‘Losers’ and ‘suckers’

November 4, 2020

Nov. 4, 2020

By Nate Smelle

Anyone paying attention to the news the past few months knows what is at stake in the 2020 U.S. election. Despite the overwhelming amount of information being delivered to us regarding COVID-19, whether opening a newspaper, turning on the television, surfing online, or tuning in the radio to get our news, one cannot avoid the political insanity unfolding south of the border.

As usual with every election, we are hearing that this will be “the most important election in our life-time.” And, while considering the issues on the table during every election – health-care, education, income inequality, the environment, etc. – this may always be a true, there is something about this statement in 2020 which seems to be resonating with people more effectively.

Considering that the vast majority of the people reading this column are not American, you might be asking, what do you mean by the most important election in “our life-time?” Shouldn’t we be focusing on Canadian politics? Well, unfortunately what happens in American politics, does not stay in the United States.

As a Canadian, this concerns me greatly. Looking back on our political leanings in the past, we have a tendency to follow the U.S. when it comes to the ideological views of the officials we elect.

Evidence that the awareness of the great importance of this election seems to be sinking into our collective consciousness can be found in the early voter turnout in this year’s battle for the White House. As of Nov. 2, The New York Times reported that some 97 million Americans had already cast their ballots. The fact that two thirds of the total number of ballots cast during the entire 2016 U.S election were already in prior to Nov. 3 suggests that the U.S. is either ready for change or eager to self-destruct.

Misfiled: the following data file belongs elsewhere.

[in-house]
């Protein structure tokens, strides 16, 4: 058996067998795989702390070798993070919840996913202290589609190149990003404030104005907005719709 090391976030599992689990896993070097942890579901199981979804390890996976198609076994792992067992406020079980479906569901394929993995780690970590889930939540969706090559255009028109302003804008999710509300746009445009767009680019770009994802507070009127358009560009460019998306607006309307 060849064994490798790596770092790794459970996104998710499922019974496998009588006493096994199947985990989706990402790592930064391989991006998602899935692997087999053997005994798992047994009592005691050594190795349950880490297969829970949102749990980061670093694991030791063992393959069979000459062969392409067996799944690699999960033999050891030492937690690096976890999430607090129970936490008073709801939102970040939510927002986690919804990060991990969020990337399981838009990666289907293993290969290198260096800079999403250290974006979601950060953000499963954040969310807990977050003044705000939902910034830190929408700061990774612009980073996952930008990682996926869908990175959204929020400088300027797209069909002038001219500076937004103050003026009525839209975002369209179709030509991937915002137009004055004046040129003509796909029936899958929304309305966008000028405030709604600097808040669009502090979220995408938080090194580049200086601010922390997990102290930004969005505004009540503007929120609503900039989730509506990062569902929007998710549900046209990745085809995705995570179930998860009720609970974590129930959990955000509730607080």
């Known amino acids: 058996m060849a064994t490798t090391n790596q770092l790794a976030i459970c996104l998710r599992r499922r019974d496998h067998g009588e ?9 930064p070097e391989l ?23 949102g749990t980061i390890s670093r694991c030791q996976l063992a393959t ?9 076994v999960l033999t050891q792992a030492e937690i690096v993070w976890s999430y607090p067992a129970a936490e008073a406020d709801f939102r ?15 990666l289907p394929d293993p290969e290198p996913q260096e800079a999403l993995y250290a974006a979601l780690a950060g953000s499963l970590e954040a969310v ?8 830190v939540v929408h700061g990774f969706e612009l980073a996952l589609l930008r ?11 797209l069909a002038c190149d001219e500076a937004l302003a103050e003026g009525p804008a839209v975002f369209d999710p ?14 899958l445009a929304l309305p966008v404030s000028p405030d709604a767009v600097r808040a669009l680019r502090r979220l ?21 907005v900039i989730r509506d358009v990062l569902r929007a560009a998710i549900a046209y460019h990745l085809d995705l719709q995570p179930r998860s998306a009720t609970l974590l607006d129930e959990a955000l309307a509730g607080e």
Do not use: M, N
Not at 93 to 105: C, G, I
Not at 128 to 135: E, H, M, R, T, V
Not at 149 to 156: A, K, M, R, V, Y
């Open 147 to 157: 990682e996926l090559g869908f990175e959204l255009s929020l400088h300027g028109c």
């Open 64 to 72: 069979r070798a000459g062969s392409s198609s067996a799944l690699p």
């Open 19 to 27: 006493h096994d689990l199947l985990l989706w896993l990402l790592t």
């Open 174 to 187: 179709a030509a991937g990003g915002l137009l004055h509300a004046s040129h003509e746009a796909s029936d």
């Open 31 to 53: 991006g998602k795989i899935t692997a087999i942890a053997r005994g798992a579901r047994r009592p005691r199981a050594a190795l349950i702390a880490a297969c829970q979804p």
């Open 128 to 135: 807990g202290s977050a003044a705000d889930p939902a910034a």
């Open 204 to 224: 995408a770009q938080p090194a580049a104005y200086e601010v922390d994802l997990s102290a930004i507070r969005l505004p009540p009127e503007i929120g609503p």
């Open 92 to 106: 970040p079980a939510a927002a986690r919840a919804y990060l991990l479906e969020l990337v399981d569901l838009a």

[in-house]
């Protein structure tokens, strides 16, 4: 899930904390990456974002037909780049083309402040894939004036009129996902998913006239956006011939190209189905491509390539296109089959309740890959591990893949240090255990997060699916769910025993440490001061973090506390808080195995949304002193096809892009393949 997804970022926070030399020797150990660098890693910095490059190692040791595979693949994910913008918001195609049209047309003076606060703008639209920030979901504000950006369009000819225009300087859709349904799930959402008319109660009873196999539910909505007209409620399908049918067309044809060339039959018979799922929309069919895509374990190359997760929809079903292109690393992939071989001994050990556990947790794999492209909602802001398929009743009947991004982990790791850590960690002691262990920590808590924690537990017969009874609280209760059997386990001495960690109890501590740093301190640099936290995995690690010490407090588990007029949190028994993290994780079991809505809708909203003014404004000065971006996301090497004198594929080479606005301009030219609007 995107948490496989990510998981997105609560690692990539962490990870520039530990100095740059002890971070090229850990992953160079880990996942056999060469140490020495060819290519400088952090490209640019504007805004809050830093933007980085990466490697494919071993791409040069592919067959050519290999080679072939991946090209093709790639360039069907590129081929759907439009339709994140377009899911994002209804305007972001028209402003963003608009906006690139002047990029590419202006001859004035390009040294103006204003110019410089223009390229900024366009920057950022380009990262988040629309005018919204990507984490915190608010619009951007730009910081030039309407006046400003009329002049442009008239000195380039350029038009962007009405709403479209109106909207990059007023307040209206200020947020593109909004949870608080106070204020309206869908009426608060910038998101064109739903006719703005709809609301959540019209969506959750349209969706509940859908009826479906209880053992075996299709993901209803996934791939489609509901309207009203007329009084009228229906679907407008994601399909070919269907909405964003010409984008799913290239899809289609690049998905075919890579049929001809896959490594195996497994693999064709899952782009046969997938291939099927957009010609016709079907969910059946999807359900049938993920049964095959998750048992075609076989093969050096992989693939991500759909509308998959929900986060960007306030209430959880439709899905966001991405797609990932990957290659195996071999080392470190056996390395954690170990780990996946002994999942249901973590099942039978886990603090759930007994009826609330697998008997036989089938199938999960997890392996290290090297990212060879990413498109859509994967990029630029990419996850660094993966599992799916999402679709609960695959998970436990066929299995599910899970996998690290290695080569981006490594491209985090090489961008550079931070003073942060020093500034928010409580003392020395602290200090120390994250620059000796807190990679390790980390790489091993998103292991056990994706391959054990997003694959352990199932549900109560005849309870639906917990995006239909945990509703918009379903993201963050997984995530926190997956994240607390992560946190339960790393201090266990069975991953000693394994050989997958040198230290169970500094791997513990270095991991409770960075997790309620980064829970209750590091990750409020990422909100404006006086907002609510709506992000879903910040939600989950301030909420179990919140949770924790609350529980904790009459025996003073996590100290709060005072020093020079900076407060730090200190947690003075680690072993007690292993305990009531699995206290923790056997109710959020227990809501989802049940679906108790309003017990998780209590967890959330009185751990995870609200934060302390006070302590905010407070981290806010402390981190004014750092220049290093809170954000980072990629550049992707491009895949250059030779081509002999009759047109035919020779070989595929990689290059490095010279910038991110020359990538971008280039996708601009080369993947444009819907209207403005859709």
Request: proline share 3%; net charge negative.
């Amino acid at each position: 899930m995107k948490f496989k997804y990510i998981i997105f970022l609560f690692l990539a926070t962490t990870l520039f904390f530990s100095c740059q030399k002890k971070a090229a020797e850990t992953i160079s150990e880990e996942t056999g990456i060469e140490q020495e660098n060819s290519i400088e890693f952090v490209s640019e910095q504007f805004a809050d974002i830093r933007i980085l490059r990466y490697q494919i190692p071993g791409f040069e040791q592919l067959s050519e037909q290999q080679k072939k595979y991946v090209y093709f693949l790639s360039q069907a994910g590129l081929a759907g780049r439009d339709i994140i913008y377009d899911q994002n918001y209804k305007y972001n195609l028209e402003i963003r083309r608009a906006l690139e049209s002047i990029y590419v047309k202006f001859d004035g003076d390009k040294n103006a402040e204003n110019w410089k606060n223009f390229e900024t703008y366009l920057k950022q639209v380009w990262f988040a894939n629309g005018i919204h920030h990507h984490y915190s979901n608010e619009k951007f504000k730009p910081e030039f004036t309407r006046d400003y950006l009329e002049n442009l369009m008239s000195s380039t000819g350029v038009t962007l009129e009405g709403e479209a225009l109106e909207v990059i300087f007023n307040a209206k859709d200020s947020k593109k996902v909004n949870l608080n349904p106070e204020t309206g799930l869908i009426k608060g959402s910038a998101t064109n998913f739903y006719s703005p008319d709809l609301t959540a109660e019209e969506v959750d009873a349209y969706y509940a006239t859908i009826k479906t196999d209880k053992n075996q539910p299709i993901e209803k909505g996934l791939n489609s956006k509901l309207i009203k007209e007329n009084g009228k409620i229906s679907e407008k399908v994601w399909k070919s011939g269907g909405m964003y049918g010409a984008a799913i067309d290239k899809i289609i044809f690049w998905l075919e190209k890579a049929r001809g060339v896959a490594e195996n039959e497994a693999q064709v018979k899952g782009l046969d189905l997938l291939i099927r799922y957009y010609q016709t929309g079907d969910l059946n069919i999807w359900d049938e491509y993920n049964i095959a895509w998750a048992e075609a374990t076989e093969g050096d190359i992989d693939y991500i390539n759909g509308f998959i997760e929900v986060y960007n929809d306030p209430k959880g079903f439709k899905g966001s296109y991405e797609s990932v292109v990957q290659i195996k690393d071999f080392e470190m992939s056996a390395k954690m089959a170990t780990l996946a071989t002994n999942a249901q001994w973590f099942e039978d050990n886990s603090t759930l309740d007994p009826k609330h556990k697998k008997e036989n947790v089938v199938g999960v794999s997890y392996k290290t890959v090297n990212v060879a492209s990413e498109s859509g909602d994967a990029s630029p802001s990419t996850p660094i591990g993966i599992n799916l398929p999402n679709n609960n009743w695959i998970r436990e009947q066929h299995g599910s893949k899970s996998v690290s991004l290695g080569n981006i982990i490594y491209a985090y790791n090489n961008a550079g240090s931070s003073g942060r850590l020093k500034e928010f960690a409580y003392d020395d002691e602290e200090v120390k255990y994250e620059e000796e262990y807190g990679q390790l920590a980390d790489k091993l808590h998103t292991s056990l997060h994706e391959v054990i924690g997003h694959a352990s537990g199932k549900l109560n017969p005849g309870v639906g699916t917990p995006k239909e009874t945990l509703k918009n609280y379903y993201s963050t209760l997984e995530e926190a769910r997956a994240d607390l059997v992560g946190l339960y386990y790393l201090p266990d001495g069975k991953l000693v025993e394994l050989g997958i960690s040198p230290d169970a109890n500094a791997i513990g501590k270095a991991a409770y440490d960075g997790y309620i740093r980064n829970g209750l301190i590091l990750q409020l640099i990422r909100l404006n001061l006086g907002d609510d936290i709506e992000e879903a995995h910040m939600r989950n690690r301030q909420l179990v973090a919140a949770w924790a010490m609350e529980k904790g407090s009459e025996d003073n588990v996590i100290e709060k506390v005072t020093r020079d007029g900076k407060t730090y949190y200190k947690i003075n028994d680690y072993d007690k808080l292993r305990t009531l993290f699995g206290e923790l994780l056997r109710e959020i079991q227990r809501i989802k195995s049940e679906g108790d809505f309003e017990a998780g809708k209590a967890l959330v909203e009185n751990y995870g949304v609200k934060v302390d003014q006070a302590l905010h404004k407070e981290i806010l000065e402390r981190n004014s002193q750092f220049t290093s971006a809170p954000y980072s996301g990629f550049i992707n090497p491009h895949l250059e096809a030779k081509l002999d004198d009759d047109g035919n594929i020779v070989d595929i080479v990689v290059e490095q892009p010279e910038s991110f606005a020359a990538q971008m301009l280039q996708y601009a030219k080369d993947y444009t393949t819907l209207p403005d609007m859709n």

Certainly the pandemic has played a part in compelling more people to excerise their right to participate in the democratic process. However, looking at the big picture I think a greater portion of gratitude for this sudden interest in democracy is owed to none other than U.S. president Donald Trump.

Rest assured, by no means is this an endorsement of the washed-up reality TV star turned politician. He is and always has been no more than a spoiled rich kid and a racist bully. The reason I say we owe him our thanks, is for exposing the systemic corruption and racism at the root of the greed-based ideology to which he and his followers subscribe.

If it weren’t for Trump’s ignorance and hubris – the same ignorance and hubris which permitted him to order white supremacist organizations to “stand back and stand by” on election day – it is fair to say that there would not be as many people so passionately engaged in the political process this time around. It is the same ignorance and hubris compelling the Commander in Chief to persuade Americans to ignore science when it comes to the climate crisis or the COVID-19 pandemic. The same ignorance and hubris that made it acceptable in the president’s mind to refer to Americans who died in war as “losers” and “suckers.”

By the time this paper goes to press, election day will have come and gone. Yet, unless one of the candidates surprises nearly all the experts following the campaign, it will still be some time before the world knows who will lead our neighbouring nation to the south for the next four years.

Whether the results of the election have been announced by the time you read this column or not, with Remembrance Day just around the corner it is an ideal time to take a look at what it is that the ideology of Trump and his supporters represents. In asking this question, it is also worth contemplating how this political faction defines patriotism, service, and sacrifice; as well as who they consider to be “losers” and “suckers.”



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